The Role of Clouds in Modulating Global Aerosol Direct Radiative Effects in...

Matus, A. V., T. L'Ecuyer, J. E. Kay, C. Hannay, and J. Lamarque (2015), The Role of Clouds in Modulating Global Aerosol Direct Radiative Effects in Spaceborne Active Observations and the Community Earth System Model, J. Climate, 28, 2986-3003, doi:10.1175/JCLI-D-14-00426.1.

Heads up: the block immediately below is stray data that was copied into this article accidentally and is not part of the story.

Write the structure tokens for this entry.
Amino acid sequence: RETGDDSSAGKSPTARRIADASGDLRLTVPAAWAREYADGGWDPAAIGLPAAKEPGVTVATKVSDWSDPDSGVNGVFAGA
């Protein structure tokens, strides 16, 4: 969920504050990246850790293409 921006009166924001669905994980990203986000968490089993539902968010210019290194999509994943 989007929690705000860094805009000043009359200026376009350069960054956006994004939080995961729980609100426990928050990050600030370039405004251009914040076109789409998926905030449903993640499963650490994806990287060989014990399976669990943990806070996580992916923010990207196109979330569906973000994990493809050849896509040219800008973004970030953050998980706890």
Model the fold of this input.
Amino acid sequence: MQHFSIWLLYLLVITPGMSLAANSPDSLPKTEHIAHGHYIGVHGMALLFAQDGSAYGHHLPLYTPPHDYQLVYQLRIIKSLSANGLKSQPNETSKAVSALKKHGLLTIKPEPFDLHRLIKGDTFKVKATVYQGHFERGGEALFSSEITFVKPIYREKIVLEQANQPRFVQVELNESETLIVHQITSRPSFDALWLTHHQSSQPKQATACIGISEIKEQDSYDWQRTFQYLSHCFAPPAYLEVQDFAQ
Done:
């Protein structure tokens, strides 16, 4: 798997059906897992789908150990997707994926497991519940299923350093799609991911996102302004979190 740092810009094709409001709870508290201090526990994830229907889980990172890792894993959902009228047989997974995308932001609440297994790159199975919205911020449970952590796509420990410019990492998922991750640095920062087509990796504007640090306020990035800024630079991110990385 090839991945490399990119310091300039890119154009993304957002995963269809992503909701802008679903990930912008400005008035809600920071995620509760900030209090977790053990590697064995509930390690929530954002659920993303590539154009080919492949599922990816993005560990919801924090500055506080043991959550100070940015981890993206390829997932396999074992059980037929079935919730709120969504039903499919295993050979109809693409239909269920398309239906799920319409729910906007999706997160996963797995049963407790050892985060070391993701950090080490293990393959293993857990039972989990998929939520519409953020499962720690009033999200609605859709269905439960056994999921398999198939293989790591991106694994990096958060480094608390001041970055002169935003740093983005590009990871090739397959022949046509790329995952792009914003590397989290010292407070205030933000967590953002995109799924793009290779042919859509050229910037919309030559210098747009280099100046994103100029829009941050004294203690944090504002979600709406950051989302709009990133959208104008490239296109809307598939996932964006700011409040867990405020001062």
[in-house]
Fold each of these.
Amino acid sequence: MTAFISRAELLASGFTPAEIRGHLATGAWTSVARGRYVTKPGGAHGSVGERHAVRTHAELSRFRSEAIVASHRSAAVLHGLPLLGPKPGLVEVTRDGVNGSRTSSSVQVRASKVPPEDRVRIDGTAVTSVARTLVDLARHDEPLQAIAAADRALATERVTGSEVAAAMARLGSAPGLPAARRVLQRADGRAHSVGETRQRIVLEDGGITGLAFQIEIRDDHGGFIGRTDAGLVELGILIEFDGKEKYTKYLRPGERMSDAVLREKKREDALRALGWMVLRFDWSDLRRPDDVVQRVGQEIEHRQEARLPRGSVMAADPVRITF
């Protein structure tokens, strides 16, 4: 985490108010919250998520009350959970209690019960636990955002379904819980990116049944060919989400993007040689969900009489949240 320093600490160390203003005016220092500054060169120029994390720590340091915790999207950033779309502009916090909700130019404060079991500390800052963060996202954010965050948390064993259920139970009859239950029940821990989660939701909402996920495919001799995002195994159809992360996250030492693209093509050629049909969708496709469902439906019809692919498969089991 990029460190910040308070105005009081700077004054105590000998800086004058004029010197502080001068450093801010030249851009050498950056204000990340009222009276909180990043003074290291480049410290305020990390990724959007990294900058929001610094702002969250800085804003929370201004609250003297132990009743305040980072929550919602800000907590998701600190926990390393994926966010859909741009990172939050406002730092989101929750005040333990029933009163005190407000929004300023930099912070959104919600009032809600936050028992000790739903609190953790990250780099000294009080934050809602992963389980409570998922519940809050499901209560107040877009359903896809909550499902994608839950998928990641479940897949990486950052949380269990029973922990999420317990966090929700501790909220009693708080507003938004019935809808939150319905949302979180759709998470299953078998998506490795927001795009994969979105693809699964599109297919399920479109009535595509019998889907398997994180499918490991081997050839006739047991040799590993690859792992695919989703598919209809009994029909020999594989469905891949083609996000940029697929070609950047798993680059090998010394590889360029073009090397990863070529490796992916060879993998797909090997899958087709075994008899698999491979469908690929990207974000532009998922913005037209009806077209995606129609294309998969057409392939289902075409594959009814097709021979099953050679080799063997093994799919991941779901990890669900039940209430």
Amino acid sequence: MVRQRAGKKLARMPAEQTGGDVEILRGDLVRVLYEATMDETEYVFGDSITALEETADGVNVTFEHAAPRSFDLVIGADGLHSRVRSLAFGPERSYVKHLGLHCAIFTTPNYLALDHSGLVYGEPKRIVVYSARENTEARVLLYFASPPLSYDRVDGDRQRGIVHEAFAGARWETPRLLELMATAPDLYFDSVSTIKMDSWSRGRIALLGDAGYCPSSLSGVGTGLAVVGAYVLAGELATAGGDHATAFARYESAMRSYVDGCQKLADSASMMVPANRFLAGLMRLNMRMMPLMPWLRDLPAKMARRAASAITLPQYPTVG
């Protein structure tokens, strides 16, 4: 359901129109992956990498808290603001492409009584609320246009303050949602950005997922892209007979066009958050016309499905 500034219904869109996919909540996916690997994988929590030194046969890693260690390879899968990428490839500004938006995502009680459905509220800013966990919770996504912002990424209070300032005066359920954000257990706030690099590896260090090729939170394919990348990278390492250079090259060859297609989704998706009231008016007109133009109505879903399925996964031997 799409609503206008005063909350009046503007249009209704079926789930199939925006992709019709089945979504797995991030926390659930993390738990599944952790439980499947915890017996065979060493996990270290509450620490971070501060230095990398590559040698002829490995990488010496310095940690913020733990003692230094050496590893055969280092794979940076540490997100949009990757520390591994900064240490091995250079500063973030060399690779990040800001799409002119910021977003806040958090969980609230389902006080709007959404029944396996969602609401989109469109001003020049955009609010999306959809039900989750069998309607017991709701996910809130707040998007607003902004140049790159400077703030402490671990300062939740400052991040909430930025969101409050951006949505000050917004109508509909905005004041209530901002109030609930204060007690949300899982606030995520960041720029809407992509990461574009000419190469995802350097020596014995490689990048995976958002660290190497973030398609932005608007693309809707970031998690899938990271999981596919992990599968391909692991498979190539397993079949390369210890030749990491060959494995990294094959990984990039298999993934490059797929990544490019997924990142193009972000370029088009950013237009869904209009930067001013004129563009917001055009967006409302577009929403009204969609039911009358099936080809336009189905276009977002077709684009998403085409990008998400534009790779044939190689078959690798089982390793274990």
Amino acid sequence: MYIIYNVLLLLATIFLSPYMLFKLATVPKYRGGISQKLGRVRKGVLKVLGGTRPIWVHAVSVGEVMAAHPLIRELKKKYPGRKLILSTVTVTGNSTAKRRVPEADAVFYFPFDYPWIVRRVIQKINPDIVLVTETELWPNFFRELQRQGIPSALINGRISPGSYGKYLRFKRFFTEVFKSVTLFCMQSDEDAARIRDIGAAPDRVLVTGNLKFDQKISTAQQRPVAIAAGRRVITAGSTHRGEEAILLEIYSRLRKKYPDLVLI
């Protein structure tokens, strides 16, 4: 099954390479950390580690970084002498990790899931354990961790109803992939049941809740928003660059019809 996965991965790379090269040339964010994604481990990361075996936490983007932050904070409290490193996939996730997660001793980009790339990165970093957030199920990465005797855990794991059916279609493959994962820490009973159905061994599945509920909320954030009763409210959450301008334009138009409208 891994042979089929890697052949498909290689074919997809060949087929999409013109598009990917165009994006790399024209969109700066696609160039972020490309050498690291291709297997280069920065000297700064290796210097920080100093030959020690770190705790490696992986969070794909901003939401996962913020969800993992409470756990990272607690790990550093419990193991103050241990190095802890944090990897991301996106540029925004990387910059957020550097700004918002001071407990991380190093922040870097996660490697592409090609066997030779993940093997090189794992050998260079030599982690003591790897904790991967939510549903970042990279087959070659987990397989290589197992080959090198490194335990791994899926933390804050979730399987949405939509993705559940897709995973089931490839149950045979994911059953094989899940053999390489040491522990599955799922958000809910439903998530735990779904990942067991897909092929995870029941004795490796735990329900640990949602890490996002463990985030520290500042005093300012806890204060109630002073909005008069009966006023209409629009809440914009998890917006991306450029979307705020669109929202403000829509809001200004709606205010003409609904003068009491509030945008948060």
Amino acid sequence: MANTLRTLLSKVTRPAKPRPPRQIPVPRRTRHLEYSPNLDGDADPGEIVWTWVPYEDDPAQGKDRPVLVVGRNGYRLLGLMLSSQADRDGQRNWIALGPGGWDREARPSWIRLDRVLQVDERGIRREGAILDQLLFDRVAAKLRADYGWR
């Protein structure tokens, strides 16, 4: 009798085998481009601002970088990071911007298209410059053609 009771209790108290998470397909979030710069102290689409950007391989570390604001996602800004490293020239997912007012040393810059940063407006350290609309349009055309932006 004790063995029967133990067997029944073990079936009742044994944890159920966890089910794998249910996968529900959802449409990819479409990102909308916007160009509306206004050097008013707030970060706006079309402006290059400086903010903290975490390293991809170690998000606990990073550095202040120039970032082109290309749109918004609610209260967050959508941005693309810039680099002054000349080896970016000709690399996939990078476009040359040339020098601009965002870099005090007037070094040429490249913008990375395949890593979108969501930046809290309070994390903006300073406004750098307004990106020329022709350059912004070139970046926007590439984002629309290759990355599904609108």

Observational benchmarks of global and regional aerosol direct radiative effects, over all surfaces and all sky conditions, are generated using CloudSat’s new multisensor radiative fluxes and heating rates product. Improving upon previous techniques, the approach leverages the capability of CloudSat and CALIPSO to retrieve vertically resolved estimates of cloud and aerosol properties required for complete and accurate assessment of aerosol direct effects under all conditions. The global annually averaged aerosol direct radiative effect is estimated to be 21.9 W m22 with an uncertainty range of 60.6 W m22, which is in better agreement with previously published estimates from global models than previous satellite-based estimates. Detailed comparisons against a fully coupled simulation of the Community Earth System Model, however, reveal that this agreement on the global annual mean masks large regional discrepancies between modeled and observed estimates of aerosol direct effects. A series of regional analyses demonstrate that, in addition to previously documented biases in simulated aerosol distributions, the magnitude and sign of these discrepancies are often related to model biases in the geographic and seasonal distribution of clouds. A low bias in stratocumulus cloud cover over the southeastern Pacific, for example, leads to an overestimate of the radiative effects of marine aerosols in the region. Likewise, errors in the seasonal cycle of low clouds in the southeastern Atlantic distort the radiative effects of biomass burning aerosols from southern Africa. These findings indicate that accurate assessment of aerosol direct effects requires models to correctly represent not only the source, strength, and optical properties of aerosols, but their relative proximity to clouds as well.

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